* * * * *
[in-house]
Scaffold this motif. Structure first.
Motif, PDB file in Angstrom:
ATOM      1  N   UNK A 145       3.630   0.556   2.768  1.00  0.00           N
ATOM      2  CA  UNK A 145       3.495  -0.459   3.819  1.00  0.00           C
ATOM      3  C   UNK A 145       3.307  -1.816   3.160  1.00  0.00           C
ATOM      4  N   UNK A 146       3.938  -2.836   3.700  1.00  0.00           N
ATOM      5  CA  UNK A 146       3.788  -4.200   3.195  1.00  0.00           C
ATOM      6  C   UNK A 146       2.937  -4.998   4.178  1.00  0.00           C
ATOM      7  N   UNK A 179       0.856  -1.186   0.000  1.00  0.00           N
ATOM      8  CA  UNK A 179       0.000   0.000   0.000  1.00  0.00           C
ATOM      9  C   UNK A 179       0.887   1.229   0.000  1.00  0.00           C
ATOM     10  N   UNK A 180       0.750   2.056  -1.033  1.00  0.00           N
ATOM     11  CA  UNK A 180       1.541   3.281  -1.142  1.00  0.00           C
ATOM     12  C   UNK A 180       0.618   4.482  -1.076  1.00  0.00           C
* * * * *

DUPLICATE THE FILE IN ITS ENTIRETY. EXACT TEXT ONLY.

[in-house]
Scaffold this motif. Structure first.
Motif, PDB file in Angstrom:
ATOM      1  N   UNK A 145       3.630   0.556   2.768  1.00  0.00           N
ATOM      2  CA  UNK A 145       3.495  -0.459   3.819  1.00  0.00           C
ATOM      3  C   UNK A 145       3.307  -1.816   3.160  1.00  0.00           C
ATOM      4  N   UNK A 146       3.938  -2.836   3.700  1.00  0.00           N
ATOM      5  CA  UNK A 146       3.788  -4.200   3.195  1.00  0.00           C
ATOM      6  C   UNK A 146       2.937  -4.998   4.178  1.00  0.00           C
ATOM      7  N   UNK A 179       0.856  -1.186   0.000  1.00  0.00           N
ATOM      8  CA  UNK A 179       0.000   0.000   0.000  1.00  0.00           C
ATOM      9  C   UNK A 179       0.887   1.229   0.000  1.00  0.00           C
ATOM     10  N   UNK A 180       0.750   2.056  -1.033  1.00  0.00           N
ATOM     11  CA  UNK A 180       1.541   3.281  -1.142  1.00  0.00           C
ATOM     12  C   UNK A 180       0.618   4.482  -1.076  1.00  0.00           C